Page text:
Financial Times writers Gregory Meyer and Robert Armstrong reported earlier this month that, “Despite a half-decade of falling grain prices, Midwestern farmland has held much of its value, and has become the foundation for a borrowing boom. Farm debt across the US has risen to $427bn, close to amounts that preceded the 1980s agricultural crash, when adjusted for inflation.
“Farmers remain creditworthy in the eyes of banks, even as their incomes fall, because the collateral value of land remains high.
While farm income has halved from its peak in 2013, farm equity has fallen just 5 per cent because of stable land values, according to Robert Johansson, chief economist at the US Department of Agriculture.
“But if prices were to collapse, farm bankruptcies would widen and leave lenders — many of them backed by the federal government — with big losses.”
Meyer and Armstrong explained that, “Signs of stress are already appearing. In 2018 the ratio between loan volume and net farm income reached a 16-year high, while rates of delinquency on farm loans surpassed those on all loans by commercial banks, according to the Federal Reserve Bank of Kansas City. Delinquencies are also creeping up inside the government-sponsored Farm Credit System, which accounts for 40 per cent of US farm debt.
“The number of borrowers from the Farm Service Agency, an arm of the USDA, has grown about a quarter over the past five years. That, in itself, is a mark of distress: the FSA tends to be ‘the lender of last resort‘ for most farmers because they have to be rejected by at least two other lenders before applying, said Jonathan Coppess, a former FSA administrator.
The combination of weak farm finances and sturdy land values puzzles some. ‘We’ve scratched our heads a little bit as to why the land values have held up as well as they have,’ said Andrew Swenson, farm management specialist at North Dakota State University.
The FT article added that, “In central ‘corn belt’ states such as Iowa and Illinois, land rents have dropped 36 per cent from their peak of 2013, while real farmland values have dropped just 10 per cent, according to the Federal Reserve Bank of Chicago.”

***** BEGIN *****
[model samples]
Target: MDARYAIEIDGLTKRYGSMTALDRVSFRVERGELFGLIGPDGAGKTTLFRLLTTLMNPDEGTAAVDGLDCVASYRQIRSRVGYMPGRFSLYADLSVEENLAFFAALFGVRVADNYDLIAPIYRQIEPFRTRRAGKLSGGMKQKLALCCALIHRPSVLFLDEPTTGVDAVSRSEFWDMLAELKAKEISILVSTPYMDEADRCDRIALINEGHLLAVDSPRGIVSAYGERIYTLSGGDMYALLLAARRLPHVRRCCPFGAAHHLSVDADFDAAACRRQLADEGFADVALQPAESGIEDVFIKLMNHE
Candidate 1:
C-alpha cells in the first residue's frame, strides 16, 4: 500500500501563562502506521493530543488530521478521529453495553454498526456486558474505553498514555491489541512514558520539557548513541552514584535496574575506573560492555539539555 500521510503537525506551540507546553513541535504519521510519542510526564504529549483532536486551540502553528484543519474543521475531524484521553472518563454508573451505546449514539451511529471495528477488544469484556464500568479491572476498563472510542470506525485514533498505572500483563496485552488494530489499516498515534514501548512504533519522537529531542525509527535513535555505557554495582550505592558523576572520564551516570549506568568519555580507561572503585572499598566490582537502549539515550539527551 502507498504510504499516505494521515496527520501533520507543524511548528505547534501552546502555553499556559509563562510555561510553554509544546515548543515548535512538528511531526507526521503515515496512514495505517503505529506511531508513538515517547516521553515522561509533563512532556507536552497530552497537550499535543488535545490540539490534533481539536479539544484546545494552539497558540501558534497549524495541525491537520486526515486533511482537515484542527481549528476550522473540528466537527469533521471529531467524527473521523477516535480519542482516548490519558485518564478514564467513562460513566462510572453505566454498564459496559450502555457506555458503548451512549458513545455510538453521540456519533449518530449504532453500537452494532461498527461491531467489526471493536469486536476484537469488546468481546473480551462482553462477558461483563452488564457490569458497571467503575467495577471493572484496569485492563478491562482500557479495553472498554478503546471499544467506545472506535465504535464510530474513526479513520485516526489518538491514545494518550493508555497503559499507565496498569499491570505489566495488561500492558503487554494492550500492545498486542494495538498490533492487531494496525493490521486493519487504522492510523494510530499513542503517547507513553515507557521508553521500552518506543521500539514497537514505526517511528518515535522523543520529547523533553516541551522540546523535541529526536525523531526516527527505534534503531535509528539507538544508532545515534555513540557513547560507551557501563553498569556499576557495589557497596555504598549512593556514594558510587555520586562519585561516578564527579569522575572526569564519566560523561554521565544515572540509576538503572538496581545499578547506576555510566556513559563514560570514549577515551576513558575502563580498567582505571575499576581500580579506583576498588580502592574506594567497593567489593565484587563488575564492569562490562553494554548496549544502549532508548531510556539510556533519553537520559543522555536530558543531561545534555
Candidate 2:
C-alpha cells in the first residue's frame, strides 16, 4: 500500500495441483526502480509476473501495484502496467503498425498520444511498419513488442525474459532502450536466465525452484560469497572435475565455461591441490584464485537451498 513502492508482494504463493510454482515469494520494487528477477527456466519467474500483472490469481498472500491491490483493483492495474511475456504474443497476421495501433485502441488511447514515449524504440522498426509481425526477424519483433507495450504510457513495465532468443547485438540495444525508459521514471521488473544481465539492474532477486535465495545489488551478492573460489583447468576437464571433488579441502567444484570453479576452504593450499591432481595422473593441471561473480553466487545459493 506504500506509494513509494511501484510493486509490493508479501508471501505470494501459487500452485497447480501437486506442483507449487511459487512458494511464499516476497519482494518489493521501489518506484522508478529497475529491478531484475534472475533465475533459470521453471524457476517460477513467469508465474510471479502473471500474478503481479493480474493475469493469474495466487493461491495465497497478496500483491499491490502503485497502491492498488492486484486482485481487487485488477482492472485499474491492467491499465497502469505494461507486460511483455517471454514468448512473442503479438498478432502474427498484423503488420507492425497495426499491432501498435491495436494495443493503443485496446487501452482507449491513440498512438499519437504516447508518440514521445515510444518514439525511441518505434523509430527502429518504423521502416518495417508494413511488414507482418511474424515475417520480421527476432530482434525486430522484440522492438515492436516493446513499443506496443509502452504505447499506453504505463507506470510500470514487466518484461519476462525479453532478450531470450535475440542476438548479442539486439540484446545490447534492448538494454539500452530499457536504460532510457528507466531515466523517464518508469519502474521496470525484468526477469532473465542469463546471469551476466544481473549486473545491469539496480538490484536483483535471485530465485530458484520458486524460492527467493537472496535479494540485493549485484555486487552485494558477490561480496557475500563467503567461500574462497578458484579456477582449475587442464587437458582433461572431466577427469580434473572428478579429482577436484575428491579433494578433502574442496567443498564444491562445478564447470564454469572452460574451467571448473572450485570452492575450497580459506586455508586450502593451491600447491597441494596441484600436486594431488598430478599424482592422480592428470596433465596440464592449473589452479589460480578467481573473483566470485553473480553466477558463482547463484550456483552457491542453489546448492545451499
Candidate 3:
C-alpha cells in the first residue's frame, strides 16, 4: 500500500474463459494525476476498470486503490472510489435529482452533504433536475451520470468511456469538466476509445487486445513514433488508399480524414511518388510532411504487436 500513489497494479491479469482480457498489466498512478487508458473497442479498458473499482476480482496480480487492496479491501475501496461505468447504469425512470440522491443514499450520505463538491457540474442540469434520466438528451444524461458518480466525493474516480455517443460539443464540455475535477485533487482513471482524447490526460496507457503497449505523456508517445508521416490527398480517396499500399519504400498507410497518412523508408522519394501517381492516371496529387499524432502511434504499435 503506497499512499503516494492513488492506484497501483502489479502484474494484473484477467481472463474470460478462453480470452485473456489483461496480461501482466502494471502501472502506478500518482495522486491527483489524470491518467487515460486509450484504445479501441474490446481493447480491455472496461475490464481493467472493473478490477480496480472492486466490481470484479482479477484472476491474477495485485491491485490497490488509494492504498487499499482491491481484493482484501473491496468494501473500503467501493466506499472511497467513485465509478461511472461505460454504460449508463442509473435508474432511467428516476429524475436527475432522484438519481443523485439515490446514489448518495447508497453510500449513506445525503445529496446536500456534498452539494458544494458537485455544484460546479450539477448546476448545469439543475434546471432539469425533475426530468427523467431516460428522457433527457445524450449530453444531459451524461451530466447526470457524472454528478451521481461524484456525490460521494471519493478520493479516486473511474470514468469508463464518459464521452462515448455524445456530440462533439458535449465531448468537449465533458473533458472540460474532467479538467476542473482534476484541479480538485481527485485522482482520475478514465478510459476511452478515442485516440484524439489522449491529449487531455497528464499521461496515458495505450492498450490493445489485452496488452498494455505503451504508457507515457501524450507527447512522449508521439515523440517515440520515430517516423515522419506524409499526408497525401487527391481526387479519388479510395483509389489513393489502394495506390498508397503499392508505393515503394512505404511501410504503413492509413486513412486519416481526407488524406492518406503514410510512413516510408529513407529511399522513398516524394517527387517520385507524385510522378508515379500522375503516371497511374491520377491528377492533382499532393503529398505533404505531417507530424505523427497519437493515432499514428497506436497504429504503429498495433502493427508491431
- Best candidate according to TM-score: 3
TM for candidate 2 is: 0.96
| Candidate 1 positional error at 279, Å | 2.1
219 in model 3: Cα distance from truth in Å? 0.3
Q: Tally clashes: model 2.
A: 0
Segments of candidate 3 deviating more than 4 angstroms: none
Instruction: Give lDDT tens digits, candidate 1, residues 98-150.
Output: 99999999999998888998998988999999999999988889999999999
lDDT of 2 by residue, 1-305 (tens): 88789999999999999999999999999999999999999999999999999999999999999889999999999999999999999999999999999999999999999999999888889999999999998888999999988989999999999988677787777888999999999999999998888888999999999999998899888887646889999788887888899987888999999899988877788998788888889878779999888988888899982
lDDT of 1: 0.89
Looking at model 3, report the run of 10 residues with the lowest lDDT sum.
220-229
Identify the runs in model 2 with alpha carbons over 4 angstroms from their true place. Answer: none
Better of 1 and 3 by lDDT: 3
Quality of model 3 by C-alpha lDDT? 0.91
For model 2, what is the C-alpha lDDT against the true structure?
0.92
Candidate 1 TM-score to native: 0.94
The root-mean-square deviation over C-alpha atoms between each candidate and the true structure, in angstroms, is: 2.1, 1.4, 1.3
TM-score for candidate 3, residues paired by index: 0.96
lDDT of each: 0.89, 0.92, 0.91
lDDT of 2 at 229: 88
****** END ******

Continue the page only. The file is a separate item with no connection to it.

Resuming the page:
The FT article added that, “Farm balance sheets will be tested as the US-China trade war escalates, removing important outlets for US soyabeans and corn-based ethanol. Crop prices have rallied in recent weeks as endless rain threatens yields, but the higher prices will be partially offset by lower production from waterlogged fields.”
— Farm Policy (@FarmPolicy) June 19, 2019
Late last month, Reuters writer Jason Lange reported that, “A U.S. banking regulator on [May 29th] said more farmers fell behind on their loans early this year, a sign that international trade tensions could be weighing on a farm sector already beset by years of low commodity prices.
“In a quarterly report on the health of U.S. banks, the Federal Deposit Insurance Corporation did not directly refer to the Trump administration’s trade war with China which began in 2018. But officials at the regulator noted some farm banks were reporting a deterioration in asset quality.
“‘We are seeing some emerging strain,’ Diane Ellis, director of the insurance and research division at the Federal Deposit Insurance Corporation, said at a news briefing. ‘Mostly it affects our community banks in the middle of the country.’”
The article noted that,
Ellis said the strain had been building for years in the farm sector as commodity prices have fallen, and noted farm incomes were at half the levels they were six years ago.
Meanwhile, last month”s “Cash Rental Rates for Iowa 2019 Survey,” from Iowa State University Extension, pointed out that the average cash rental in Iowa fell to $219 in 2019, from $222 in 2018.
2019 Cash Rental Rates for Iowa Survey from @ISUExtension shows a slight 1.4% decline to $219/tillable acre in Cash Rental Rates for Iowa. See full publication for details, https://t.co/DKt8a4ACY3 pic.twitter.com/ql1U4gOqj5
— Ag Decision Maker (@ISU_AgDM) May 20, 2019
The Survey noted that the average statewide cash rent in Iowa was $219 in 2017, $230 in 2016, and $246 in 2015.